Functional associations of proteins in entire genomes by means of exhaustive detection of gene fusions
Computational Genomics Group, European Bioinformatics Institute, EMBL Cambridge Outstation, Cambridge CB10 1SD, UK
Genome Biology 2001, 2:research0034-research0034.7 doi:10.1186/gb-2001-2-9-research0034Published: 28 August 2001
It has recently been shown that the detection of gene fusion events across genomes can be used for predicting functional associations of proteins, including physical interaction or complex formation. To obtain such predictions we have made an exhaustive search for gene fusion events within 24 available completely sequenced genomes.
Each genome was used as a query against the remaining 23 complete genomes to detect gene fusion events. Using an improved, fully automatic protocol, a total of 7,224 single-domain proteins that are components of gene fusions in other genomes were detected, many of which were identified for the first time. The total number of predicted pairwise functional associations is 39,730 for all genomes. Component pairs were identified by virtue of their similarity to 2,365 multidomain composite proteins. We also show for the first time that gene fusion is a complex evolutionary process with a number of contributory factors, including paralogy, genome size and phylogenetic distance. On average, 9% of genes in a given genome appear to code for single-domain, component proteins predicted to be functionally associated. These proteins are detected by an additional 4% of genes that code for fused, composite proteins.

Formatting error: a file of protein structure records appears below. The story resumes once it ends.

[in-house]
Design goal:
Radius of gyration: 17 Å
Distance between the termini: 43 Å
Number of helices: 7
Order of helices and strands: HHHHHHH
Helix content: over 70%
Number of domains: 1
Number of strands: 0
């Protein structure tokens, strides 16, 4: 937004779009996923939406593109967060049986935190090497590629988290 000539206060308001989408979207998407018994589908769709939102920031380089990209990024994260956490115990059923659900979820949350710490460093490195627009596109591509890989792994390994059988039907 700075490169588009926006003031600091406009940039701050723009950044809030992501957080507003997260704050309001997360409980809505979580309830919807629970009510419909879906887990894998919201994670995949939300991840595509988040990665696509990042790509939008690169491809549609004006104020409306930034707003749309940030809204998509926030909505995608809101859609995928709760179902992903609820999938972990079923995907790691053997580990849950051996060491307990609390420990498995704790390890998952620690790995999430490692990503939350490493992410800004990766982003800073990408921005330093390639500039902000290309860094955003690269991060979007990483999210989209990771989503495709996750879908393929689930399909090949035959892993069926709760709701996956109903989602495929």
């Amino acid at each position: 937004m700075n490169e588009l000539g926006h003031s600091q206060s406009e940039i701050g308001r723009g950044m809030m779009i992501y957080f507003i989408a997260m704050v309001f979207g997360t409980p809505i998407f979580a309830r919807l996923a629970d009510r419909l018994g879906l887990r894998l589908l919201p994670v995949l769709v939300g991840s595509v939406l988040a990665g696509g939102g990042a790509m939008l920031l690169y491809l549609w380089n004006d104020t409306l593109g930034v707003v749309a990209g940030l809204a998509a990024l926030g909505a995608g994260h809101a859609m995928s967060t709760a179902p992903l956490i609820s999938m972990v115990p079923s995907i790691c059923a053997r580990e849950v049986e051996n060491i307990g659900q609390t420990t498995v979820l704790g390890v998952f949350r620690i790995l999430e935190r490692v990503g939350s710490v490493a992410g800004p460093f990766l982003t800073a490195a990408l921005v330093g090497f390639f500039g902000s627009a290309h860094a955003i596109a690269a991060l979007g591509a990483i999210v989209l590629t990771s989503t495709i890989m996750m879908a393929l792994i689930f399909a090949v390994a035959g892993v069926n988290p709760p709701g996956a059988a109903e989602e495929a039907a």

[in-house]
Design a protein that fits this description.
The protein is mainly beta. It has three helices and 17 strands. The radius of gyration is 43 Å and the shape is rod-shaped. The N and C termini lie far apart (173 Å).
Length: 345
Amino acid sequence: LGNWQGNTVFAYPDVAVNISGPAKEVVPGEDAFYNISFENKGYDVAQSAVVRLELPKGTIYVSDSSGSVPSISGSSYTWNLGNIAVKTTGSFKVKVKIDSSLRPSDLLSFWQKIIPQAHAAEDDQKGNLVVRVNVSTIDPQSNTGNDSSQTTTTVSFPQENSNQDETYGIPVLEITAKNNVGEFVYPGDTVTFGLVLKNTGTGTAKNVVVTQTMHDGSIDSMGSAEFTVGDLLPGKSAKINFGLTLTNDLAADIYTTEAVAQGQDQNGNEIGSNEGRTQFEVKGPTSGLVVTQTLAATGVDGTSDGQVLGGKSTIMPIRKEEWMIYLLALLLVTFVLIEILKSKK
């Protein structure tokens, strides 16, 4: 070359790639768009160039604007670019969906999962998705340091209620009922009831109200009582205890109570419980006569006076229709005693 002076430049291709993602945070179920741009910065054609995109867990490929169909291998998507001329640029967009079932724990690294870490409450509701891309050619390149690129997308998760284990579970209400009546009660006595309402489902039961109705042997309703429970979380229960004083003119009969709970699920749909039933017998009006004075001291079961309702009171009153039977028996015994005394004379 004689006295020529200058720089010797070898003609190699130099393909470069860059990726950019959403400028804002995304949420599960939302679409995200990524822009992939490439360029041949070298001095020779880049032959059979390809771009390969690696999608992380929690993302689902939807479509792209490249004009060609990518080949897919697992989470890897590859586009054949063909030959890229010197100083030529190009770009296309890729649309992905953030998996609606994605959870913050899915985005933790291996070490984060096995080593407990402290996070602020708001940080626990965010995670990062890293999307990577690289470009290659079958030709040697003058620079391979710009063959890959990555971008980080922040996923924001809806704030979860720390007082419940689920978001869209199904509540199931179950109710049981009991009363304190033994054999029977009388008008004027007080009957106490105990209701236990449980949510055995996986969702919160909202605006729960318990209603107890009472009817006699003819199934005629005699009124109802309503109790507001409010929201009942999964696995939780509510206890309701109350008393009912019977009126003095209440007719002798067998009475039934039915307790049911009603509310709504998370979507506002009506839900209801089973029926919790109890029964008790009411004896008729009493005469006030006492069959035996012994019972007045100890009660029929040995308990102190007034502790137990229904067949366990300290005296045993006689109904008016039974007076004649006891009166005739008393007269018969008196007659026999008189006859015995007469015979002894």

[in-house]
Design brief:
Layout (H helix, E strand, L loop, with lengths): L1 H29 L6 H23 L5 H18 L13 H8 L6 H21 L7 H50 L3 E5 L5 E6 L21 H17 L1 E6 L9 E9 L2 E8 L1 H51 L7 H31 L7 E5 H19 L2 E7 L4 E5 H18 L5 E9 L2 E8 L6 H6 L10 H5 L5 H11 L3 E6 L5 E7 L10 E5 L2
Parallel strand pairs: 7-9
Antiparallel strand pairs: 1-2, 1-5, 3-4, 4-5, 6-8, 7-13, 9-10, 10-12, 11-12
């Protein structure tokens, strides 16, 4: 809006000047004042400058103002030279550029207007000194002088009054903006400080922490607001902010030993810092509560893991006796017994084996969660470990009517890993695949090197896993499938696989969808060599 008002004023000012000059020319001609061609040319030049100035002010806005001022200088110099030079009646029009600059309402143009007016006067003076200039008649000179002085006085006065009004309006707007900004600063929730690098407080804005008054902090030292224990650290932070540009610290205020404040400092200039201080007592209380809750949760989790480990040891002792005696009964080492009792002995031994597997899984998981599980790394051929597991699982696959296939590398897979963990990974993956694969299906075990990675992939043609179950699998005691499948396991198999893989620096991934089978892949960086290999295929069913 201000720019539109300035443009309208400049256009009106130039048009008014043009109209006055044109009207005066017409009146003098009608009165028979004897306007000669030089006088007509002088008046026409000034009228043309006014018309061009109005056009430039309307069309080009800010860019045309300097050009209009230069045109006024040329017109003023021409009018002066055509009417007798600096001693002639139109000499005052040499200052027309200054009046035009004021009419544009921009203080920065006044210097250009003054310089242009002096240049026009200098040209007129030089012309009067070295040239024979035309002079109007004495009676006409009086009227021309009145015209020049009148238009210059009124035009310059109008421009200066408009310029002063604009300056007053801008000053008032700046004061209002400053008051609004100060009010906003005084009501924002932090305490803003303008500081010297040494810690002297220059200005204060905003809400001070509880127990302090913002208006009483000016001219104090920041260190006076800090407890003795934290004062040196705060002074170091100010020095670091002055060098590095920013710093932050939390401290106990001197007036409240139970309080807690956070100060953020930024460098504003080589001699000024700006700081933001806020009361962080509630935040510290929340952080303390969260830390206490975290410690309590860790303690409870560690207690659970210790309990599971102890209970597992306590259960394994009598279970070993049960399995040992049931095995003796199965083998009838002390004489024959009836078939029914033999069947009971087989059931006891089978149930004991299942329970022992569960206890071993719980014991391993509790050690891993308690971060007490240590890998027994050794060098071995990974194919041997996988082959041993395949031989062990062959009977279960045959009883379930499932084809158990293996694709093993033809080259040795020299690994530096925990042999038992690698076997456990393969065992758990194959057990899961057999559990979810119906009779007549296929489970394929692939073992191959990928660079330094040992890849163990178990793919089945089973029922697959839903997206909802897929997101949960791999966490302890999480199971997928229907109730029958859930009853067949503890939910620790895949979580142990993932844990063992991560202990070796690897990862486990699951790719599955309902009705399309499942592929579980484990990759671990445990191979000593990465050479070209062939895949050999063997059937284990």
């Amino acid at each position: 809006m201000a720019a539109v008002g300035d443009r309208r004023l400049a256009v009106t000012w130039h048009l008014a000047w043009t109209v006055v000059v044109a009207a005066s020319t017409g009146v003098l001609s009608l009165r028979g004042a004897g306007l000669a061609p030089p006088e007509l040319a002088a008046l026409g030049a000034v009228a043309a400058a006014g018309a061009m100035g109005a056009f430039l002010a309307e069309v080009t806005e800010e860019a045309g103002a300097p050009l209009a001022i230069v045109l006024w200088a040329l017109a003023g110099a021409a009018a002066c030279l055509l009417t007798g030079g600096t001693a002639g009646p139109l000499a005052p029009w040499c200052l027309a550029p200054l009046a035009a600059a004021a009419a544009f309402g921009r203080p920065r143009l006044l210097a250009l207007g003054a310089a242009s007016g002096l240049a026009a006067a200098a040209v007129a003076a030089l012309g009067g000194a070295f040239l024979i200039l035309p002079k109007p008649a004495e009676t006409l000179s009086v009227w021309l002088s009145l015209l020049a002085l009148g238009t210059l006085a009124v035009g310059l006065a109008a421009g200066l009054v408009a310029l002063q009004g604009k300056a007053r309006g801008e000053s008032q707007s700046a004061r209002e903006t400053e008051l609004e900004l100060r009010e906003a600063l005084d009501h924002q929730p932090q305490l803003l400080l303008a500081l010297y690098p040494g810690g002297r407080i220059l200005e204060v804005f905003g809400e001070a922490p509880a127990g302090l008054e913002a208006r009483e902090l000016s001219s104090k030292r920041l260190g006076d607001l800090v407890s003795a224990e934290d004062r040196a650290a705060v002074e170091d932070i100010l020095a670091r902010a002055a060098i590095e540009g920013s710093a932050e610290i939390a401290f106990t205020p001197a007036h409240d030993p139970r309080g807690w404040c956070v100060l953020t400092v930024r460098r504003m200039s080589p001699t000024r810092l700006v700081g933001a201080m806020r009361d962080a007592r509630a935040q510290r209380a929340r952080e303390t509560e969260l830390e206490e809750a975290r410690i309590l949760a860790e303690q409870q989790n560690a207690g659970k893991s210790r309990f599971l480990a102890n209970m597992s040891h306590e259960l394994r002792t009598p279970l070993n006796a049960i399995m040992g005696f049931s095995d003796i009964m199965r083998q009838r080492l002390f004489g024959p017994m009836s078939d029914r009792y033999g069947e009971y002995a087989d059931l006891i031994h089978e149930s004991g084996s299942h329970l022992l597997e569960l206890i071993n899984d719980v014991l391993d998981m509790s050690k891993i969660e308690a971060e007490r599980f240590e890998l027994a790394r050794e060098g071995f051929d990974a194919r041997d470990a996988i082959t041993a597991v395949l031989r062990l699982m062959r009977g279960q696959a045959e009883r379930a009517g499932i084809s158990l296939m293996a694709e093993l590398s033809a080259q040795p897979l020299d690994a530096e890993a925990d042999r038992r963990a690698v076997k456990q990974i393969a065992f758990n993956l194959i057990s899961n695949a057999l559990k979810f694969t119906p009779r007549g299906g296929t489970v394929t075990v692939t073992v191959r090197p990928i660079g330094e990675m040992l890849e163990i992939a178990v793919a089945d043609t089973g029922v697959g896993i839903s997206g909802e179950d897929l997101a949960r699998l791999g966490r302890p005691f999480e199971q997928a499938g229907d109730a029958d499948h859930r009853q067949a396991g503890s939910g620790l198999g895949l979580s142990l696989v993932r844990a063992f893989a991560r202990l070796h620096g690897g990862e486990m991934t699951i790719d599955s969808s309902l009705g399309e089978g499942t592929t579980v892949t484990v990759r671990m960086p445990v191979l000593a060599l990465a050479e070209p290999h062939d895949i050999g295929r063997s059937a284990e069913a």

These results provide an exhaustive set of functionally associated genes and also delineate the power of fusion analysis for the prediction of protein interactions.